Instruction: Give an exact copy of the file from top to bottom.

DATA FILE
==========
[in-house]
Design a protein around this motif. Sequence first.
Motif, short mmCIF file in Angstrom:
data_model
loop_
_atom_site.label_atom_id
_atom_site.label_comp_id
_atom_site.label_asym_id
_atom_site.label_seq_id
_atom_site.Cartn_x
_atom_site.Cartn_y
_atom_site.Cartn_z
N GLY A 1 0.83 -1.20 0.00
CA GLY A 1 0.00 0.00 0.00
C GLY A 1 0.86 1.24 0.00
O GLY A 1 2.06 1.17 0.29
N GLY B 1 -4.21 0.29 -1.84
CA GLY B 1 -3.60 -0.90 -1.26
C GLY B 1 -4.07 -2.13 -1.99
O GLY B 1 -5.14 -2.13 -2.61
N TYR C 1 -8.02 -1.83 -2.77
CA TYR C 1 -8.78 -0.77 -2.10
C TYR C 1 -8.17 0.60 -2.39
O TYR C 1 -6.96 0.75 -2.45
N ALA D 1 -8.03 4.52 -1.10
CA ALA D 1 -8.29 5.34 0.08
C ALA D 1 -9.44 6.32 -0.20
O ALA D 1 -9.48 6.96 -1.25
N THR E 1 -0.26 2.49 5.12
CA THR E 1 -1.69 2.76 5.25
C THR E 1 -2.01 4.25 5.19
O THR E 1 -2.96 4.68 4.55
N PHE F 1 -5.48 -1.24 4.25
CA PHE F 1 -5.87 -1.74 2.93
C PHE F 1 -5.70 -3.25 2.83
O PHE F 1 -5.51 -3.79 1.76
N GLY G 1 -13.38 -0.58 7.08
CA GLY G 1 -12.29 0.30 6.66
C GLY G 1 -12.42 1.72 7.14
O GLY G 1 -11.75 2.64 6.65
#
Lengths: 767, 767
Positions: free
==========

[in-house]
Design a protein around this motif. Sequence first.
Motif, short mmCIF file in Angstrom:
data_model
loop_
_atom_site.label_atom_id
_atom_site.label_comp_id
_atom_site.label_asym_id
_atom_site.label_seq_id
_atom_site.Cartn_x
_atom_site.Cartn_y
_atom_site.Cartn_z
N GLY A 1 0.83 -1.20 0.00
CA GLY A 1 0.00 0.00 0.00
C GLY A 1 0.86 1.24 0.00
O GLY A 1 2.06 1.17 0.29
N GLY B 1 -4.21 0.29 -1.84
CA GLY B 1 -3.60 -0.90 -1.26
C GLY B 1 -4.07 -2.13 -1.99
O GLY B 1 -5.14 -2.13 -2.61
N TYR C 1 -8.02 -1.83 -2.77
CA TYR C 1 -8.78 -0.77 -2.10
C TYR C 1 -8.17 0.60 -2.39
O TYR C 1 -6.96 0.75 -2.45
N ALA D 1 -8.03 4.52 -1.10
CA ALA D 1 -8.29 5.34 0.08
C ALA D 1 -9.44 6.32 -0.20
O ALA D 1 -9.48 6.96 -1.25
N THR E 1 -0.26 2.49 5.12
CA THR E 1 -1.69 2.76 5.25
C THR E 1 -2.01 4.25 5.19
O THR E 1 -2.96 4.68 4.55
N PHE F 1 -5.48 -1.24 4.25
CA PHE F 1 -5.87 -1.74 2.93
C PHE F 1 -5.70 -3.25 2.83
O PHE F 1 -5.51 -3.79 1.76
N GLY G 1 -13.38 -0.58 7.08
CA GLY G 1 -12.29 0.30 6.66
C GLY G 1 -12.42 1.72 7.14
O GLY G 1 -11.75 2.64 6.65
#
Lengths: 767, 767
Positions: free